Publiceret: 31.05.2017Af Peter G. H. Madsen mail
Women are in short supply in the Danish IT sector. Whereas gender distribution is almost equal in the labour market at large, only 28 per cent of employees in the IT sector are women.
One critical explanation for the problem is the highly stereotyped perception of what it is like to work with computers and IT, explains Ida Kragh-Vodstrup, consultant at the Confederation of Danish Industry, who discussed the industry’s gender gap at ITU in Copenhagen last Monday.
“The culture and women’s assumptions in relation to what it means to study IT are some of the greatest barriers. It is still a commonly held conception that the IT industry is characterised by a geeky culture with long workdays and nights in front of the screen,” she says and adds:
“But this is a completely inaccurate image of the average workday at these companies. Today, IT is also about communicating with people and making things happen out in the real world.”
See also: Women want it to serve a purpose
The lack of women in IT will become particularly problematic in coming years, when, according to the Danish Business Authority, Denmark will face a severe shortage of IT specialists. According to the Business Authority’s calculations, the country will be lacking 19,000 IT specialists in 2030.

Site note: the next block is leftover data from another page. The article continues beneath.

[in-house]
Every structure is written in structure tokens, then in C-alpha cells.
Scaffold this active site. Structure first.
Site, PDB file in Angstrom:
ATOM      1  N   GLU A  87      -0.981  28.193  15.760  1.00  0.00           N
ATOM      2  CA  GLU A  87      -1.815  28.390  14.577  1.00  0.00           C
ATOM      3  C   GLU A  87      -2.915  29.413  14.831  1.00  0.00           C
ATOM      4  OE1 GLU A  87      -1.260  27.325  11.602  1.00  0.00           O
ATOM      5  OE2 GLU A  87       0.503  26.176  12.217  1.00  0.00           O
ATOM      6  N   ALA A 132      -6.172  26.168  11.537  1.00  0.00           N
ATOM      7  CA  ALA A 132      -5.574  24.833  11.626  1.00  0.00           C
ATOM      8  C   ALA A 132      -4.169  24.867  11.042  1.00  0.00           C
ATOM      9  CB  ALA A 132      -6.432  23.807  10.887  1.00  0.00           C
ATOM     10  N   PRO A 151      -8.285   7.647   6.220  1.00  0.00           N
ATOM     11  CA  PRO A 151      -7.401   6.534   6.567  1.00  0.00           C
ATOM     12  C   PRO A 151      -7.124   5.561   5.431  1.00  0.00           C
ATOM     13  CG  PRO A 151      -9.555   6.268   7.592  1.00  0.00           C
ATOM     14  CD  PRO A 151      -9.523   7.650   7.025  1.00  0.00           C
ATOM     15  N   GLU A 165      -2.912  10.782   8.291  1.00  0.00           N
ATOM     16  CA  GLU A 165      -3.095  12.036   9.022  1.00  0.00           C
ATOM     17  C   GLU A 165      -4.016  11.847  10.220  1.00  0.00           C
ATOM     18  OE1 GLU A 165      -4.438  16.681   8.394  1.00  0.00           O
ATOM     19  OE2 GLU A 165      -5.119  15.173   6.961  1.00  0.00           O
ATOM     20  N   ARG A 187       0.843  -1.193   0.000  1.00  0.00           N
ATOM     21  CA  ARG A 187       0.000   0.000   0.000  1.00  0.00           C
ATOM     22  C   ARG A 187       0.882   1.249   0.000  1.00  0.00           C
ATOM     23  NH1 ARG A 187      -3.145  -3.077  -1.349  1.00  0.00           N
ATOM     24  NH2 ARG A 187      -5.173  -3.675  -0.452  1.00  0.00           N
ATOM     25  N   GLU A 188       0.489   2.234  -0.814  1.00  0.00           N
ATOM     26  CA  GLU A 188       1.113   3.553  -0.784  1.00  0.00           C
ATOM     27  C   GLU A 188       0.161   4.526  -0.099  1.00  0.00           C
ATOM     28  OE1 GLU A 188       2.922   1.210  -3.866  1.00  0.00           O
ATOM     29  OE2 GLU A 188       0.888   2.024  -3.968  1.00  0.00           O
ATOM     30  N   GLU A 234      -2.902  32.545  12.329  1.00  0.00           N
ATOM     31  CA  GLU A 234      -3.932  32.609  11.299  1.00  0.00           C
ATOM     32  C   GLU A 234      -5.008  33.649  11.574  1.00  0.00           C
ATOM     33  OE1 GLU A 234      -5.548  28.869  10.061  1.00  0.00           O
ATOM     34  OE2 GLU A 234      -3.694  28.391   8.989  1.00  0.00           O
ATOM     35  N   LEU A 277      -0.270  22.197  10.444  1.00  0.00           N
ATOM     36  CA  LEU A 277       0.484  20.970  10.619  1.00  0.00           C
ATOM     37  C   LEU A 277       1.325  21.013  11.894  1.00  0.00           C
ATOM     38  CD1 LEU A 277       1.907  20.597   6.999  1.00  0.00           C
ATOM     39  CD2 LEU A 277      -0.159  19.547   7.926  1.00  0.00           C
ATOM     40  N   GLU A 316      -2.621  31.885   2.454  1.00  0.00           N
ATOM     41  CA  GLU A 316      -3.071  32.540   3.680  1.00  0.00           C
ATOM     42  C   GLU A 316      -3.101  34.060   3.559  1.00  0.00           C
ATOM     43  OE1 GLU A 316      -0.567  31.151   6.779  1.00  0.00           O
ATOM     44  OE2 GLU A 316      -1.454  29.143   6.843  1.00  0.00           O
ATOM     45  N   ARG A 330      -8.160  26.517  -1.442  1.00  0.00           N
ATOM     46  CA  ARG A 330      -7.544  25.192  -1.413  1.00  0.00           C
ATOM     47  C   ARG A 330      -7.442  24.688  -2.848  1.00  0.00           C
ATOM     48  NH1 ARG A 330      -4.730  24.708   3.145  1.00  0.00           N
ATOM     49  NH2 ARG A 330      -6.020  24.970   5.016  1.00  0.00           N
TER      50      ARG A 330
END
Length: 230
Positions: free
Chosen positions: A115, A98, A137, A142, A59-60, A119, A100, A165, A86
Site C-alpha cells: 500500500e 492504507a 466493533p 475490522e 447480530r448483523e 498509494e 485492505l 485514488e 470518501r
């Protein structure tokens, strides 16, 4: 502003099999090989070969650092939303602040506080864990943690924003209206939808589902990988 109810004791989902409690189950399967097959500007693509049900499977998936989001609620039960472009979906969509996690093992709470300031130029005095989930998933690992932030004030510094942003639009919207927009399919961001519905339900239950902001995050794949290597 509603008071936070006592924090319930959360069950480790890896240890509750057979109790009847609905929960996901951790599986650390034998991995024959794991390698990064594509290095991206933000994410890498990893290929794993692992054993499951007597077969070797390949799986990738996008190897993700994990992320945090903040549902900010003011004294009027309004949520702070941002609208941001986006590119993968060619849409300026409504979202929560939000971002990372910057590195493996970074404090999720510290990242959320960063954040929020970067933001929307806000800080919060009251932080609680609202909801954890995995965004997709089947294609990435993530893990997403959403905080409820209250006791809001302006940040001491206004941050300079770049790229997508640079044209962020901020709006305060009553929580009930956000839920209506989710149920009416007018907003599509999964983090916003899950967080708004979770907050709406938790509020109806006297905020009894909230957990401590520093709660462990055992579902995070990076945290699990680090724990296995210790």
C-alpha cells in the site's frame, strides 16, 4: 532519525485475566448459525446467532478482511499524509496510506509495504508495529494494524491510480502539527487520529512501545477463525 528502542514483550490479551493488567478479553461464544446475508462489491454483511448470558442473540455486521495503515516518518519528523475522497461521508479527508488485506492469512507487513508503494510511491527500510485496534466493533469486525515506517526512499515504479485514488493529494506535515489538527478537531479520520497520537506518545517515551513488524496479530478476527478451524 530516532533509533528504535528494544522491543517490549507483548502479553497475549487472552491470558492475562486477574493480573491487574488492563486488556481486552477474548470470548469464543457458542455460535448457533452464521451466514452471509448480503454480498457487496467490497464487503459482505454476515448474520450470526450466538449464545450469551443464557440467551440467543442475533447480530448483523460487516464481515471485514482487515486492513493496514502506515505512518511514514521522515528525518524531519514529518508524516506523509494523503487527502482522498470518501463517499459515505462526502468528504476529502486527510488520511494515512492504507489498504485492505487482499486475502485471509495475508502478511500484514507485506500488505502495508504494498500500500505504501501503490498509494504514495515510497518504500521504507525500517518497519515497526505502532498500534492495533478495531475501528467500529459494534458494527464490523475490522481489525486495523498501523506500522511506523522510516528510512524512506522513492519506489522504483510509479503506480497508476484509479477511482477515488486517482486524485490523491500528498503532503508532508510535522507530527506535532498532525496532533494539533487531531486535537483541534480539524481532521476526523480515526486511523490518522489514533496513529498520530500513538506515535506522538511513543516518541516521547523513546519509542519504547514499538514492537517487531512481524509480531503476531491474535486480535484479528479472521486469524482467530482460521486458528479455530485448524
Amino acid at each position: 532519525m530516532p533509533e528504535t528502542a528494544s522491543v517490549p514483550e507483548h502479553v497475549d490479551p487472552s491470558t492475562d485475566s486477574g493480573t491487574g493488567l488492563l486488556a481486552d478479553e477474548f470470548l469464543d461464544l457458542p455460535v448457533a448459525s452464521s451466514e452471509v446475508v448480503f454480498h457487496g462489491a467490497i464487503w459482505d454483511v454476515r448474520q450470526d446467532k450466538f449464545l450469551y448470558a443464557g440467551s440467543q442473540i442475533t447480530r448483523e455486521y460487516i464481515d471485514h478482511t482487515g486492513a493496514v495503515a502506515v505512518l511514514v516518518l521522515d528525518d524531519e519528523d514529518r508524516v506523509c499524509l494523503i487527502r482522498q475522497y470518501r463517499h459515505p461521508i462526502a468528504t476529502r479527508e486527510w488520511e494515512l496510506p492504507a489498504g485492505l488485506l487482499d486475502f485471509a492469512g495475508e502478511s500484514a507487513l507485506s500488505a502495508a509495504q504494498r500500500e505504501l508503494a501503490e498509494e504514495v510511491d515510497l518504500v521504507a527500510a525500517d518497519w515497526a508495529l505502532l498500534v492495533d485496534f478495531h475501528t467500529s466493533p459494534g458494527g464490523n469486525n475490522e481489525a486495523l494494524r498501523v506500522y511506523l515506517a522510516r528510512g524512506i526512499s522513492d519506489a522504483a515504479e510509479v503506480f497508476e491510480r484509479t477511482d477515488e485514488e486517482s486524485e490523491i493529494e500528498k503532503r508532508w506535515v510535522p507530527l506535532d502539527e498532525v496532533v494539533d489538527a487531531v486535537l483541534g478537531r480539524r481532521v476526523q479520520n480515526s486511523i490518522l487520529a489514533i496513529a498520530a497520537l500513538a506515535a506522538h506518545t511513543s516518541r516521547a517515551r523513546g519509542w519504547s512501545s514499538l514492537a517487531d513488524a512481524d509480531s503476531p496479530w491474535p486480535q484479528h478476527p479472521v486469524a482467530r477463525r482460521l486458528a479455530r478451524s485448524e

“If companies are only able to recruit from the male half of the population, we will miss out on all the talents and good ideas that the female half could have. This is something we cannot afford,” says Ida Kragh-Vodstrup.
And it is not solely IT companies that will be affected, she notes.
“Regardless of whether we’re talking companies that produce ovens, excavate sand or do marketing on social media, they have one thing in common; they all need IT specialists,” she says.
The solution, according to Ida Kragh-Vodstrup, is partly to break with the clichés surrounding IT, and partly to instil in young people - boys and girls alike - an appetite for IT early on in their education.
However, a study from the World Economic Forum also indicates that companies can do more themselves to get women interested in IT jobs.
According to the study, compared to other businesses, IT companies perform relatively poorly when it comes to targeted recruitment of female talents.
“IT companies also have the duty to demonstrate that there is plenty of opportunity for an exciting career in IT, and fortunately, we are seeing many examples of companies that inspire young women, for example by implementing mentor programmes for their female employees,” says Ida Kragh-Vodstrup.